), to whom the present was initially wrapped. After that, Derek is traumatized and can no longer speak. All he knows is that he hates toys…particularly those that will kill him.
His well meaning mom, Sarah (Jane Higginson
) of course doesn’t know that, and takes Derek to Petto’s toy store for a little pick-me-up. Joe’s good with kids, he’s got one himself, wait for it, Pino (Brian Bremer
, Yuzna’s Society
), and tries to cheer Derek up. You can’t tell whether it’s the character or the uh, perceivable autism, of the main actor, but Derek is nonetheless unresponsive. He keeps getting gifts in the mail though, and whomever gets them ends up dead. What’s going on here, and why is an Gulf war vet following them around as a fake Santa?
After Initiation anything is up, but this is a fairly solid little horror film that doesn’t take itself too seriously. Mickey Rooney is fantastic as the tyrannous toymaker. I’ve got to tangent for a second, though. Remember how Mickey Rooney vehemently spoke out against the original Silent Night, Deadly Night
(his words preserved on the Anchor Bay disc of the film)? Well, call it a slight contradiction, but apparently he had no problem playing a child killer, drunk and abusive father in this one. He may have whored himself for the cash, but the film is all the better for it, with Rooney injecting a crazy awkward intensity to every line or action that emotes from his face. Even when he’s playing nice, the pint-sized senior is still damn scary.
Although the story and setting are completely different than any of the previous Silent Nights, the filmmakers still somehow decided to bridge this with the awful Initiation by bringing back Neith Hunter in a role of the same name, Kim. She’s got a teenage son here, so I guess she did stick with the boy she saved at the end of that one. Proving that you can never quite rid the world of Clint Howard, he’s back again as Ricky (making that a Ricky for every movie) a nothing part here, although he’s no longer homeless. Moving up in the world, I guess. Screaming Mad George does the effects here as he did in the fourth film, but thankfully these are far less of the slop variety and at least have a bit of creativity. Still, it’s definitely second (third?) rate to most of the animatronic Child’s Play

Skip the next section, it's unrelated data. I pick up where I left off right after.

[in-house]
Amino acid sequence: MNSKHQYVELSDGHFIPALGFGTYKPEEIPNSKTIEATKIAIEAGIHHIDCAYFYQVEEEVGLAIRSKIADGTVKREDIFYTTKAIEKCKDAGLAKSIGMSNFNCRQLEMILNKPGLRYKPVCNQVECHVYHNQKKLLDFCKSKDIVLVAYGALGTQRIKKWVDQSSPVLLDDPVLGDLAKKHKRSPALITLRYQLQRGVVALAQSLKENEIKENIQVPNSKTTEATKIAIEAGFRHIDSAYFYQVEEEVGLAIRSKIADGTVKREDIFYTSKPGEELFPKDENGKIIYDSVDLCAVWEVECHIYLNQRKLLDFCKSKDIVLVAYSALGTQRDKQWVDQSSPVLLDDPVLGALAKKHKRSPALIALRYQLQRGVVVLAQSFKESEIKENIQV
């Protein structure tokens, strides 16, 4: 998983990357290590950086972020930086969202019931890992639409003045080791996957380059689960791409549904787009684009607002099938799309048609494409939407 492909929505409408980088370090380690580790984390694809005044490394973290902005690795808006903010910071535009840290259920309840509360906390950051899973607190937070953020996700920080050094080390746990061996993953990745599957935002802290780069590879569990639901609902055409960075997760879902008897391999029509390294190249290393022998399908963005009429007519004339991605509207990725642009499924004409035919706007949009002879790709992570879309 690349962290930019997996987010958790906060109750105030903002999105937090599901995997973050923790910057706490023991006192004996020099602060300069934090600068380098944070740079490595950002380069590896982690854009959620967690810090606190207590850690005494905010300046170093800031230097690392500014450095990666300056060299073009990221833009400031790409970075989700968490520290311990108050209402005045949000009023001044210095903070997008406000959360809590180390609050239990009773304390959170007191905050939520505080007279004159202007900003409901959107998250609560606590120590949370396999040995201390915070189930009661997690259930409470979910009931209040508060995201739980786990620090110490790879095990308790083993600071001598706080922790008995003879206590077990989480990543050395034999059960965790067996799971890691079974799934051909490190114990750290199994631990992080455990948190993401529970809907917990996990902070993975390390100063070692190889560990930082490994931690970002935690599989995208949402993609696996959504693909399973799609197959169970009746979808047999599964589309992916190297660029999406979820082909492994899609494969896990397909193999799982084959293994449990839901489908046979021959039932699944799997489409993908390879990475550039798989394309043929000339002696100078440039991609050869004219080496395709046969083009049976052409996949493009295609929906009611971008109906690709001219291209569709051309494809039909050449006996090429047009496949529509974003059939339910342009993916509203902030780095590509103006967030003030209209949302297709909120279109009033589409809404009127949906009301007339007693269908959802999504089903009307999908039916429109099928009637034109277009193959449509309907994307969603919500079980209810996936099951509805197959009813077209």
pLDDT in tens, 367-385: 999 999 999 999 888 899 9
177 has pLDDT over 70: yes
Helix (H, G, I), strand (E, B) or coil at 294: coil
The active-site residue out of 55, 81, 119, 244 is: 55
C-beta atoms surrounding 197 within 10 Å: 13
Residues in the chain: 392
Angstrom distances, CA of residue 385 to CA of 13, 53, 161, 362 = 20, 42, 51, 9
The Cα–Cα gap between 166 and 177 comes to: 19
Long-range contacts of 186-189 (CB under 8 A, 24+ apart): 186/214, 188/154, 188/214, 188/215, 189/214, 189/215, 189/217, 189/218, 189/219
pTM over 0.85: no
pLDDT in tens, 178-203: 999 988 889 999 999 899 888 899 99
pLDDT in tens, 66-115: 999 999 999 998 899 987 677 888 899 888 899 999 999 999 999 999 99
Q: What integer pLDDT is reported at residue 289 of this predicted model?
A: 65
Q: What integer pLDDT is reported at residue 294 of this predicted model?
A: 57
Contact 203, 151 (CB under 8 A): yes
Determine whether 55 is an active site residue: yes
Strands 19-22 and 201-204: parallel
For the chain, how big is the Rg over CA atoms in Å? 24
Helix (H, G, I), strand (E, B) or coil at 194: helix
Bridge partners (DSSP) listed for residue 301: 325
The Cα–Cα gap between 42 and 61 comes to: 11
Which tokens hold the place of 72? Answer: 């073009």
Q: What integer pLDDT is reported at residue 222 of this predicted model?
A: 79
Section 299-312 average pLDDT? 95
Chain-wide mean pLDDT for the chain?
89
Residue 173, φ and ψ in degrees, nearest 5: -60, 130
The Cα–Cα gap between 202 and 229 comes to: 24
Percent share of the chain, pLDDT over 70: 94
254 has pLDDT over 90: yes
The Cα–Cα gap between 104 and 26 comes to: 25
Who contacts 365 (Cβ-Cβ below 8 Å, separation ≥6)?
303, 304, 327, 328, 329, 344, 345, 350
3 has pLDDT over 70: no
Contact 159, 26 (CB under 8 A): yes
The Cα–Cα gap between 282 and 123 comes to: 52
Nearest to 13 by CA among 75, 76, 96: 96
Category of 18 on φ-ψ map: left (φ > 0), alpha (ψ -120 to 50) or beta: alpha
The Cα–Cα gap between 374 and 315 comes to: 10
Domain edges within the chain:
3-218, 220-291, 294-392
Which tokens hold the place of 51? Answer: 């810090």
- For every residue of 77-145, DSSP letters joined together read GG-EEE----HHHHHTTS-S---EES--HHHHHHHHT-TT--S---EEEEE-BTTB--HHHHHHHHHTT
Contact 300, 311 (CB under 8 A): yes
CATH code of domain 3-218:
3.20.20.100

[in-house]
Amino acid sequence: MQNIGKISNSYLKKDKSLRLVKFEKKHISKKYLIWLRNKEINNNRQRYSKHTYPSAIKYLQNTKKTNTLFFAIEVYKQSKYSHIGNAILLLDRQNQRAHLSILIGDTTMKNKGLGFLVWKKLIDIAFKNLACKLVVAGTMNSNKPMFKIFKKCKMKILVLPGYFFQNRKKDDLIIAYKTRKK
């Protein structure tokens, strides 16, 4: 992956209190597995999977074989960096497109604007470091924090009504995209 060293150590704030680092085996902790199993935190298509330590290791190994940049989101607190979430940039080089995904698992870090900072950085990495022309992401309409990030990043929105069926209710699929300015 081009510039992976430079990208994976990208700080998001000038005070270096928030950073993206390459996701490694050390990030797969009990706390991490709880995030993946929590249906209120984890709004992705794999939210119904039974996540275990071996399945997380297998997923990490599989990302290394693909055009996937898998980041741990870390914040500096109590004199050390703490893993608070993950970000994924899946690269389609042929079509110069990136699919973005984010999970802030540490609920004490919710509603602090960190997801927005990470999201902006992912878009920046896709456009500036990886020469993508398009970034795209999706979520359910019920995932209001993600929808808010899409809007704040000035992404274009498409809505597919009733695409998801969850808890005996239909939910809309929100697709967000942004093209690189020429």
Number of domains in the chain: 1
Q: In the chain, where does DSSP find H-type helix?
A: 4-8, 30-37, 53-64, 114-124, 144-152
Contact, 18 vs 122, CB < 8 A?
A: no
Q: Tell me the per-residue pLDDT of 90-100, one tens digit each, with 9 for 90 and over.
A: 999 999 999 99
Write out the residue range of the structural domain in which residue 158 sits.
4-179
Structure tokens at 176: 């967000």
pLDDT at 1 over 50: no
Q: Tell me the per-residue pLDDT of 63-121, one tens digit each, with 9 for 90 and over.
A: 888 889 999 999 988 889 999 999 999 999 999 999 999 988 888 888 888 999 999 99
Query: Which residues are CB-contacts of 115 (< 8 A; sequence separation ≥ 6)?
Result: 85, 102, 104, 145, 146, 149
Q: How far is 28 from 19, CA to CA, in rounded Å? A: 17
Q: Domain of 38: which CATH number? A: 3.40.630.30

stuff that was all the rage back in the early nineties.
While the film settles into a pretty predictable formula of “toy is given to kid, someone else takes toy, someone else dies in a weird way”, I give kudos for the wild finale. I never saw that twist coming, and things actually get pretty disturbing when a robot starts to have sex with Sarah screaming “I love you, mommy!” I’m pretty sure you can make a drinking game around all of Derek’s lifeless, autistic stares, the movie still works on its own on the strength of Rooney and the leftfield ending. It’s much more intertwined with the Christmas season, too, with people giving gifts, seeing mall Santas and Rooney going nuts in Kringle’s suit at the end. Like with Halloween III
though, once they sort of got the formula for theme-related sequels right, they abandoned it all completely. Too bad!
Fans rejoiced when these three films were initially announced by Lionsgate with a widescreen specification. Unfortunately, they’re all full screen, but that’s always been the only way they’ve been exhibited, so it’s not a huge loss. They’ve also only been exhibited interlaced on NTSC television and VHS, and unfortunately they’re still interlaced here. Progressive scan transfers would have marked a big upgrade, but even still, the quality and clarity of these new transfers is quite good. All three films look pretty sharp considering. Part 3